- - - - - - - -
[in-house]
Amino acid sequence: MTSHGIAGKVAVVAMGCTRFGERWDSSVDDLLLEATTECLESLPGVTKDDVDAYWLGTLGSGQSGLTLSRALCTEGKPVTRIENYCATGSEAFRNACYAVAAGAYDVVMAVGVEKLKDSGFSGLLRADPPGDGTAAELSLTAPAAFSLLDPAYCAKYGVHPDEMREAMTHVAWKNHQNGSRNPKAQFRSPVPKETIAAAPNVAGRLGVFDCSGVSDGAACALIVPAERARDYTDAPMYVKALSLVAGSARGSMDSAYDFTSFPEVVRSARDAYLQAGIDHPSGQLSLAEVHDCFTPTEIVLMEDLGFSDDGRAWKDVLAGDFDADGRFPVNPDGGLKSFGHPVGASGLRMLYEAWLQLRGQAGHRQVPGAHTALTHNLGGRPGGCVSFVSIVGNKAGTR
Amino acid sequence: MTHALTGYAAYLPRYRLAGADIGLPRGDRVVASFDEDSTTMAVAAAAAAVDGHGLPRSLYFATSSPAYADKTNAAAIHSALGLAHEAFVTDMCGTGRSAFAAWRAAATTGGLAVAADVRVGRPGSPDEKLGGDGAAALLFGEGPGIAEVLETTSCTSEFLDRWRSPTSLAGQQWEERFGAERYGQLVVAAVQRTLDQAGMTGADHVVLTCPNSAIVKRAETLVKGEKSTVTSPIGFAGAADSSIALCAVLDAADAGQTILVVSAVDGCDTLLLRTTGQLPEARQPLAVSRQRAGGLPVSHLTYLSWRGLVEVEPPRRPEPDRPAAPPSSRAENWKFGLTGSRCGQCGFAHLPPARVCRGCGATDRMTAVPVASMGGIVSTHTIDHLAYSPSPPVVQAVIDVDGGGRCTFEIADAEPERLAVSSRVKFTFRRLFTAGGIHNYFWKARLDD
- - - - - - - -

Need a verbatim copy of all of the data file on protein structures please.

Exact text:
[in-house]
Amino acid sequence: MTSHGIAGKVAVVAMGCTRFGERWDSSVDDLLLEATTECLESLPGVTKDDVDAYWLGTLGSGQSGLTLSRALCTEGKPVTRIENYCATGSEAFRNACYAVAAGAYDVVMAVGVEKLKDSGFSGLLRADPPGDGTAAELSLTAPAAFSLLDPAYCAKYGVHPDEMREAMTHVAWKNHQNGSRNPKAQFRSPVPKETIAAAPNVAGRLGVFDCSGVSDGAACALIVPAERARDYTDAPMYVKALSLVAGSARGSMDSAYDFTSFPEVVRSARDAYLQAGIDHPSGQLSLAEVHDCFTPTEIVLMEDLGFSDDGRAWKDVLAGDFDADGRFPVNPDGGLKSFGHPVGASGLRMLYEAWLQLRGQAGHRQVPGAHTALTHNLGGRPGGCVSFVSIVGNKAGTR
Amino acid sequence: MTHALTGYAAYLPRYRLAGADIGLPRGDRVVASFDEDSTTMAVAAAAAAVDGHGLPRSLYFATSSPAYADKTNAAAIHSALGLAHEAFVTDMCGTGRSAFAAWRAAATTGGLAVAADVRVGRPGSPDEKLGGDGAAALLFGEGPGIAEVLETTSCTSEFLDRWRSPTSLAGQQWEERFGAERYGQLVVAAVQRTLDQAGMTGADHVVLTCPNSAIVKRAETLVKGEKSTVTSPIGFAGAADSSIALCAVLDAADAGQTILVVSAVDGCDTLLLRTTGQLPEARQPLAVSRQRAGGLPVSHLTYLSWRGLVEVEPPRRPEPDRPAAPPSSRAENWKFGLTGSRCGQCGFAHLPPARVCRGCGATDRMTAVPVASMGGIVSTHTIDHLAYSPSPPVVQAVIDVDGGGRCTFEIADAEPERLAVSSRVKFTFRRLFTAGGIHNYFWKARLDD